"California’s death penalty exists in name only, an expensive fiction that undermines confidence in our justiceAs the oblivious California Supreme Court rubber stamps death penalty appeals at an unprecedented affirmance rate (38 out of 38 in 2010-2011, nearly all unanimous), it is becoming increasingly clear that the death penalty in California is costly, unworkable, inhumane, and on its way out. (See California's Unusually Cruel Penalty.)
system, causes harm to victims’ families, and consumes literally billions of dollars--resources that would be better spent on protecting our families, solving crimes and supporting our schools and education." -- ACLU-NC Report
Former Ninth Circuit Judge Arthur Alarcon recently wrote:
Since reinstating the death penalty in 1978, California taxpayers have spent roughly $4 billion to fund a dysfunctional death penalty system that has carried out no more than 13 executions. The current backlog of death penalty cases is so severe that most of the 714 prisoners now on death row will wait well over 20 years before their cases are resolved. Many of these condemned inmates will thus languish on death row for decades, only to die of natural causes while still waiting for their cases to be resolved.The ACLU of Northern California has issued an important report, California Death Penalty Is Dead: Anatomy of a Failure, outlining related developments which "reveal a system in total collapse."
First, not only have there been only 13 executions since the death penalty was reinstated, there have been no executions since 2006. This de facto moratorium stems from litigation over the method of execution, which revealed that one of the drugs used in the lethal injection process may mask excruciating pain. Before the issue could be resolved, California, among other states, ran out of the drugs they needed to carry out executions which led to potentially illegal actions by state officials in acquiring a new supply. (See Drug Problem; Lethal Life Savers.) It does not appear that the legal and practical problems in carrying out executions will be resolved any time soon. (See Just Say No; State of Barbarism.)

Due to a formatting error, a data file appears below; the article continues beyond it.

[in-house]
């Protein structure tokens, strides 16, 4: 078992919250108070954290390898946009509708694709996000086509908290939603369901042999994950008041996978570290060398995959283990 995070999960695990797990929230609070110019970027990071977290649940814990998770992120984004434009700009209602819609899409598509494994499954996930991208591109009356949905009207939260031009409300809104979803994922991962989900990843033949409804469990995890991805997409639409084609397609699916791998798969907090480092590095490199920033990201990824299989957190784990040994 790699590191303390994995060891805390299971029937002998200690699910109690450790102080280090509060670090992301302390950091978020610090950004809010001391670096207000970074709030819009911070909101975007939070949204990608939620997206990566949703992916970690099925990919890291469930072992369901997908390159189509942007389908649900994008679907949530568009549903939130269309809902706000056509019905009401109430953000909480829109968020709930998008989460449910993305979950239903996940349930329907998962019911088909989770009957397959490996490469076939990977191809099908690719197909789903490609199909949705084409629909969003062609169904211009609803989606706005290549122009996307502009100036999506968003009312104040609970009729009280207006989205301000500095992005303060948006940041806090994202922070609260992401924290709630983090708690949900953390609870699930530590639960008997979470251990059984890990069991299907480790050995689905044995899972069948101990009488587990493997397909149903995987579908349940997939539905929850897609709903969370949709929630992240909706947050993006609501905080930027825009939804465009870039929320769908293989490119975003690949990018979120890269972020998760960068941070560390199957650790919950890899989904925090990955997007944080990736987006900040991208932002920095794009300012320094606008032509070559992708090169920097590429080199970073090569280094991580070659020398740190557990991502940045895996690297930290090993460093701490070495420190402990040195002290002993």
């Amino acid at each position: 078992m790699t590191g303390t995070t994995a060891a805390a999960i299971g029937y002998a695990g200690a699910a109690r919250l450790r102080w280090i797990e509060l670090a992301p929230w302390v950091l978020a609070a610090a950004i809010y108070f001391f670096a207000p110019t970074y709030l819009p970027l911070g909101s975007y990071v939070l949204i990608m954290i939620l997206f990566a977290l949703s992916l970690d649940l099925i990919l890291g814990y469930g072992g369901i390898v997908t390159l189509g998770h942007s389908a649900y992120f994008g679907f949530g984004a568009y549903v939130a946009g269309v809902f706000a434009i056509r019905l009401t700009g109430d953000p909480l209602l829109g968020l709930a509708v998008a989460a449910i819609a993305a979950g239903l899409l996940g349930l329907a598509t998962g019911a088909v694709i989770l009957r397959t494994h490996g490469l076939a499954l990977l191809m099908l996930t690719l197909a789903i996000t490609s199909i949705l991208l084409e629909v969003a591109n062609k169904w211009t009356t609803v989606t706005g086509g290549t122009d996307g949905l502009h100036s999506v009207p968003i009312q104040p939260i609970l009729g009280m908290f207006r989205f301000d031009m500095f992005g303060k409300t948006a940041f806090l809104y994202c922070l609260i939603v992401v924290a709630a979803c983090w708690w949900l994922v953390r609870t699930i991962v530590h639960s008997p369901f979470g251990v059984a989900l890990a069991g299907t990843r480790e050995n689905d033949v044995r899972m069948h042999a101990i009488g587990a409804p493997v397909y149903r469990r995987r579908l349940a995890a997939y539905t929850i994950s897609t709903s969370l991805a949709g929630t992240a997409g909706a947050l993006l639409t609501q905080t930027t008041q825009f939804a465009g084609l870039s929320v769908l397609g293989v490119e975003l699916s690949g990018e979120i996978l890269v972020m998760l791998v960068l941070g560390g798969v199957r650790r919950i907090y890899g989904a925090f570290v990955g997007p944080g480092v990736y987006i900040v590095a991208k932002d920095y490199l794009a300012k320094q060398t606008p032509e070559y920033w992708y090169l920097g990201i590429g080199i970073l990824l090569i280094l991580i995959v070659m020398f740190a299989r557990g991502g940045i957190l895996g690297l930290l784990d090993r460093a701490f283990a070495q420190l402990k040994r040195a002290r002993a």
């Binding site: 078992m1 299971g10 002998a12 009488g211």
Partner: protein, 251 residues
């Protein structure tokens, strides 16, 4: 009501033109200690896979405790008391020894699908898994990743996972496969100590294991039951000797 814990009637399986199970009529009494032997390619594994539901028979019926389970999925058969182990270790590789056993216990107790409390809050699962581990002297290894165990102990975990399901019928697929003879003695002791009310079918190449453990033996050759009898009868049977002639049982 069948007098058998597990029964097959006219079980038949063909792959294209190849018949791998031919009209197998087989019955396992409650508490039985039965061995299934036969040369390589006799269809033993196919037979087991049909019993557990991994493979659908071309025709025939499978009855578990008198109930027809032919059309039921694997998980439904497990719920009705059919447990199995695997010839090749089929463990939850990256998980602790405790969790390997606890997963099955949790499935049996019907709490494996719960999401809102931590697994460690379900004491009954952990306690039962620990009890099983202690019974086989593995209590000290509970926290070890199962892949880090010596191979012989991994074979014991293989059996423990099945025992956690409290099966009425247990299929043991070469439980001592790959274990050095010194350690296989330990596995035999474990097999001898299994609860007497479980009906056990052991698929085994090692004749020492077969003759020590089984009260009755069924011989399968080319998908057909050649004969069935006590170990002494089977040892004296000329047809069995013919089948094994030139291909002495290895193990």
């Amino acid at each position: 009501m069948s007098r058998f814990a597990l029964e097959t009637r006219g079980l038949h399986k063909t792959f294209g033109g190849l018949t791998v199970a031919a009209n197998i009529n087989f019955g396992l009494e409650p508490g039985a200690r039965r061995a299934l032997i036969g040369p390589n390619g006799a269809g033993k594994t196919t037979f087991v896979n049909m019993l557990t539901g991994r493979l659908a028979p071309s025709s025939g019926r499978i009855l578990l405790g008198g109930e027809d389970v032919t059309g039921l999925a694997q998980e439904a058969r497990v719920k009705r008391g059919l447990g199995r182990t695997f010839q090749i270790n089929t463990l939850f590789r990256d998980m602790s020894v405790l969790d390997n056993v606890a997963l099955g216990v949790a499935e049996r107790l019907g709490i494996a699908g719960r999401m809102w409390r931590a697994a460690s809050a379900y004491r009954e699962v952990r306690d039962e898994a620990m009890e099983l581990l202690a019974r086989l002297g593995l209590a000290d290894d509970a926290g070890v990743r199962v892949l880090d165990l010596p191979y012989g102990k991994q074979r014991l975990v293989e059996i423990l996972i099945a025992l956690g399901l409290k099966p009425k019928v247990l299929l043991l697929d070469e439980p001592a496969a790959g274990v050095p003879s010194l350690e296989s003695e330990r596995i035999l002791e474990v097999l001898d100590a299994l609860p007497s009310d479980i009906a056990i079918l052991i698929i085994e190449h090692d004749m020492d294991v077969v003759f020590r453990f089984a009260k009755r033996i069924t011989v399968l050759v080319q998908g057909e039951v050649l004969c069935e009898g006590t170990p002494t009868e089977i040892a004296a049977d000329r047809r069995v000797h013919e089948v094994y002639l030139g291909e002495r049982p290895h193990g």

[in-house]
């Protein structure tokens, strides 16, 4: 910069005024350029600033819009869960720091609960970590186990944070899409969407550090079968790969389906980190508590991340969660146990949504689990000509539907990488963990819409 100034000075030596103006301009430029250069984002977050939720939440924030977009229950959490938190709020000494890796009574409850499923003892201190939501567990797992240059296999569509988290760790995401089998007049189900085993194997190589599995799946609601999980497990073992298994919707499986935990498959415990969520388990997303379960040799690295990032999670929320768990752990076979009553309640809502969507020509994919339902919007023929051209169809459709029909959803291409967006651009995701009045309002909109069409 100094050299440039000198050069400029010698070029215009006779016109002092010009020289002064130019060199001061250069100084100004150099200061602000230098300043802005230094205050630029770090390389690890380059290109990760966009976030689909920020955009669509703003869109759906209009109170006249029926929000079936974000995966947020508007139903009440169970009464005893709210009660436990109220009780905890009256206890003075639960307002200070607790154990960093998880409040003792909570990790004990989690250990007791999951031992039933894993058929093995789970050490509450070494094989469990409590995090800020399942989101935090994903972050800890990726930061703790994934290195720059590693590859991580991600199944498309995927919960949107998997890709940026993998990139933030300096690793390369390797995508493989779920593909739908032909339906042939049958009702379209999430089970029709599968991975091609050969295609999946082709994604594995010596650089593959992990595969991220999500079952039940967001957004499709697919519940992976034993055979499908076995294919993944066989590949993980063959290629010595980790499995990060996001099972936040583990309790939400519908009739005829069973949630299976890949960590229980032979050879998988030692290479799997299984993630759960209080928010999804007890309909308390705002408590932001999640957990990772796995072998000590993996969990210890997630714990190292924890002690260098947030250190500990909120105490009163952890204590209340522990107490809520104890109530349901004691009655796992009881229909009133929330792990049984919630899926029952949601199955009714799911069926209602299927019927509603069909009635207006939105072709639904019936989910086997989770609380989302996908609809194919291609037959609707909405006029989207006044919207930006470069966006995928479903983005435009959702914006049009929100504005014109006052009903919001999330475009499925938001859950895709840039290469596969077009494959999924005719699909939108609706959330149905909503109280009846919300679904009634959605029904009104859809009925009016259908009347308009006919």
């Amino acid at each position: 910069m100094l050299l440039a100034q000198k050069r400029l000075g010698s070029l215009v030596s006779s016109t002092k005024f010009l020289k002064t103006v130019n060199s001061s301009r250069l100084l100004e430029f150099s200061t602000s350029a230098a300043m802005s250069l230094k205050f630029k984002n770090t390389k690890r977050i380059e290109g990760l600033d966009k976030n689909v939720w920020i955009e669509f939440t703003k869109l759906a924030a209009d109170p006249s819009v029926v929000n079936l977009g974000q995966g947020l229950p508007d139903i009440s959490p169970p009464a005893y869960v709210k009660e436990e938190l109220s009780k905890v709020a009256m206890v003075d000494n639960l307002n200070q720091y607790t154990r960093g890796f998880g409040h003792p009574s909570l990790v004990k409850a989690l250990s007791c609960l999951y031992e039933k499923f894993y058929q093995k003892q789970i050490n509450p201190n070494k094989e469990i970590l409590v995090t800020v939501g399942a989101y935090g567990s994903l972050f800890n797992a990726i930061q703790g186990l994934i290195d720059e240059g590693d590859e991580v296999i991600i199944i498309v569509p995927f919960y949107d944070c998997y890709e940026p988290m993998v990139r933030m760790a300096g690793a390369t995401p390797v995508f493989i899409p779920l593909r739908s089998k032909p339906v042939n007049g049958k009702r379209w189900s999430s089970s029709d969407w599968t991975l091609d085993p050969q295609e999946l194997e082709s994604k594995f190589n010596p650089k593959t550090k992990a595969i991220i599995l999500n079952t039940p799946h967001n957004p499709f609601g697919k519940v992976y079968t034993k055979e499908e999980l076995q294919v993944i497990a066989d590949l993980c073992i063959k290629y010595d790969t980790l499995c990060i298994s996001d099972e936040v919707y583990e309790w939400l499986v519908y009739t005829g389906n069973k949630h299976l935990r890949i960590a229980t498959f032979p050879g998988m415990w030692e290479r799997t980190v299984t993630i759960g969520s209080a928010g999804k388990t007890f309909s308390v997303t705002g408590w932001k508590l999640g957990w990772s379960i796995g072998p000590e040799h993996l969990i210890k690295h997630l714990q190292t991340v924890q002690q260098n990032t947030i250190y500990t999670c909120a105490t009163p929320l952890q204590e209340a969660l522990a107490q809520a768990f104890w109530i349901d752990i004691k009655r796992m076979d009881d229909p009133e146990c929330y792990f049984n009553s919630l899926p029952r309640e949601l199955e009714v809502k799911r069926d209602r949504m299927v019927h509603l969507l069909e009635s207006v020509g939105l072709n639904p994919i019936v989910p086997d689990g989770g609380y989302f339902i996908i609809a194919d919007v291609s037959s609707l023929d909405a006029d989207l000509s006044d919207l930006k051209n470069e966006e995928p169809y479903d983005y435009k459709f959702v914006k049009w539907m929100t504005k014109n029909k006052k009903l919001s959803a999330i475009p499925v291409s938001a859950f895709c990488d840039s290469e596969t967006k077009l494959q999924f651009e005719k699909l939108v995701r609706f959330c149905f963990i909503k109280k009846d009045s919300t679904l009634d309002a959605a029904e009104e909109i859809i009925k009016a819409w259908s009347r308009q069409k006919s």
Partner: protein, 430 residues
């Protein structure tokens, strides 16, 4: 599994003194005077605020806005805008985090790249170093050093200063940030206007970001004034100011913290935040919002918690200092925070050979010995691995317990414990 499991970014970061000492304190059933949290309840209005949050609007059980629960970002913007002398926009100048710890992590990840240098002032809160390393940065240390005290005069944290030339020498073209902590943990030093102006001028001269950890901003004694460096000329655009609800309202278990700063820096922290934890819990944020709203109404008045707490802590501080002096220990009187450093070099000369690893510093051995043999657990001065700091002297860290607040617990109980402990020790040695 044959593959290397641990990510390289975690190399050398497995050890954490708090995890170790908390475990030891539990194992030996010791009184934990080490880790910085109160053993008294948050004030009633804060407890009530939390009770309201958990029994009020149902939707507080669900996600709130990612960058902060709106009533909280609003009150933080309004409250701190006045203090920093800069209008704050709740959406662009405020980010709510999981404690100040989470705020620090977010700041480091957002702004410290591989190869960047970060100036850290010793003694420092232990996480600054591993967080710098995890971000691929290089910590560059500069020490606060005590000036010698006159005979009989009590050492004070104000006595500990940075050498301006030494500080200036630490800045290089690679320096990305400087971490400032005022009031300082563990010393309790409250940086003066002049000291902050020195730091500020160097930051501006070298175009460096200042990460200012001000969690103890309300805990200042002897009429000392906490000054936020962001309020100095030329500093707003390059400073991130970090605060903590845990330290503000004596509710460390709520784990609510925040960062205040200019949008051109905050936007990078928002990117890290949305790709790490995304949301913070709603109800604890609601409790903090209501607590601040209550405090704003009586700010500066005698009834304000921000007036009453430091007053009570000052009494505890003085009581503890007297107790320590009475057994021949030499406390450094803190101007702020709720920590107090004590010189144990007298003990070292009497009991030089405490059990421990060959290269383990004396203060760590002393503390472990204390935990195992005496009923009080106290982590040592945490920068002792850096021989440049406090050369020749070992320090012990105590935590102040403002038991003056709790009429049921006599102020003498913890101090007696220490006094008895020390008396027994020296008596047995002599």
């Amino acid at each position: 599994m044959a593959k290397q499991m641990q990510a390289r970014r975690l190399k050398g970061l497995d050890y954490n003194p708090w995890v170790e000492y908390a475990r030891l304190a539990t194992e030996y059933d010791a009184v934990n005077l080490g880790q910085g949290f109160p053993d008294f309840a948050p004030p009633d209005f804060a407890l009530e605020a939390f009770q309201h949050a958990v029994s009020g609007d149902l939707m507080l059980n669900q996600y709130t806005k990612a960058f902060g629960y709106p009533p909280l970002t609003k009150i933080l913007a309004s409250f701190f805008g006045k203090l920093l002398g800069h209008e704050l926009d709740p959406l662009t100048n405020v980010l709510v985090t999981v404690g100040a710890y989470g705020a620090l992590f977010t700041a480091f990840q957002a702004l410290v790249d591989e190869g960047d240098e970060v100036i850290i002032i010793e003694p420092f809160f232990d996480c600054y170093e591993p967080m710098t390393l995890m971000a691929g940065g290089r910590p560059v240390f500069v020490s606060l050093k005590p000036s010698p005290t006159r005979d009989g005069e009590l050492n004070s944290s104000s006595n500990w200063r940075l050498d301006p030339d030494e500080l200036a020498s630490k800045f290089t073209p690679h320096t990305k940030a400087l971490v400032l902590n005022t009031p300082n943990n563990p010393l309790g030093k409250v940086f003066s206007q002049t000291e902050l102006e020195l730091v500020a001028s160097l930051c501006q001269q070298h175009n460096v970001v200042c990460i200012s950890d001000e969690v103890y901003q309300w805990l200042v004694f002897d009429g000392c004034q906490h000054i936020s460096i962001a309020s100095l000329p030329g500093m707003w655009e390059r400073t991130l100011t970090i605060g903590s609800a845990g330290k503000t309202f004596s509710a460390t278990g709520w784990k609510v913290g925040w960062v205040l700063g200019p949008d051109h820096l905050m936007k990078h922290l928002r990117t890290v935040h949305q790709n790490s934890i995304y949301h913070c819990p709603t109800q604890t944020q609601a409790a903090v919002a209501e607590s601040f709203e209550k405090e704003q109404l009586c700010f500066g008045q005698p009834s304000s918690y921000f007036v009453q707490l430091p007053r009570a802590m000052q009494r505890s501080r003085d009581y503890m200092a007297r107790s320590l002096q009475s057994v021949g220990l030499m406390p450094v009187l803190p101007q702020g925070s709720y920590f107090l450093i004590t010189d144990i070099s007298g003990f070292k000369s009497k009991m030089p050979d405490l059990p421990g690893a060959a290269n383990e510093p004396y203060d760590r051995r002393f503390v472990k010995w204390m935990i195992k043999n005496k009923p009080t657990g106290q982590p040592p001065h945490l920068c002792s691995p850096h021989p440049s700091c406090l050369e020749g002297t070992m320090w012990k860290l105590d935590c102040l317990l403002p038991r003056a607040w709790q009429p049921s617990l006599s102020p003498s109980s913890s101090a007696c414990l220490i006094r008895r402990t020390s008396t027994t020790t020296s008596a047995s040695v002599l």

Second, "death penalty promoters have been snubbed at the ballot box." Democratic candidates, including Jerry Brown (Governor) and Gavin Newsom (Lt. Gov.) as well as those down the ticket, all announced their personal opposition to the death penalty yet they all won last November. Most notably, Kamala Harris defeated "law and order" L.A. District Attorney Steve Cooley for Attorney General despite Cooley's focused attack against her for refusing to pursue the death penalty for the killer of a San Francisco policeman (See Tough on Crime.)
In addition, a 2011 poll found 63% of likely California voters support converting death sentences to permanent imprisonment. As the ACLU reports, "the proposal received support across political party lines and all regions of the state, including a majority of Democrats, Independents, and Republicans."
And finally, the severe budgetary problems in the State highlight how resources used to fund the death penalty could be far more effectively spent. As the report puts it: "Death penalty costs are extraordinary and detrimental to public safety at a time of economic crisis." 46% of homicides in California are never solved, and millions of dollars expended every year on the death penalty could be used on effective programs that improve public safety.
The fact is that there have been only three death verdicts in the entire state in the first half of 2011. This compares with 13 last year, and is the lowest number of new death sentences in a six month period since the death penalty was reinstated in 1978. Prosecutors and jurors "turning away from the death penalty" reflect disillusionment with capital punishment across the state.
So, let's make it official. To abolish the death penalty in California, voters must vote to repeal it by a popular referendum. To put a referendum on the ballot requires legislation or a petition signed by for the requisite number of voters. California State Senator, Loni Hancock, D-Berkeley, has authored a bill, SB 490, for a ballot measure to repeal the death penalty. It was approved by the Public Safety Committee on July 7, and now goes to the Appropriations Committee before it is presented to the full state legislature. If placed on the November 2012 ballot and passed by the voters, the referendum would replace the death penalty with a maximum punishment of life without the possibility of parole plus work and restitution, saving the state $1 billion over the next ten years.
Natasha Minsker, the ACLU's Death Penalty Policy Director sums it up well:
“California’s death penalty is dead. The signs are clear: Prosecutors are moving towards life imprisonment with no chance of parole over the legal fiction that is California’s death penalty. New polls and election results also show that voters favor replacing the death penalty with permanent imprisonment, with a requirement for work and restitution paid to the Victims’ Compensation Fund.”As the ACLU report concludes, "only by replacing the death penalty with life without parole can we provide justice to California taxpayers and communities."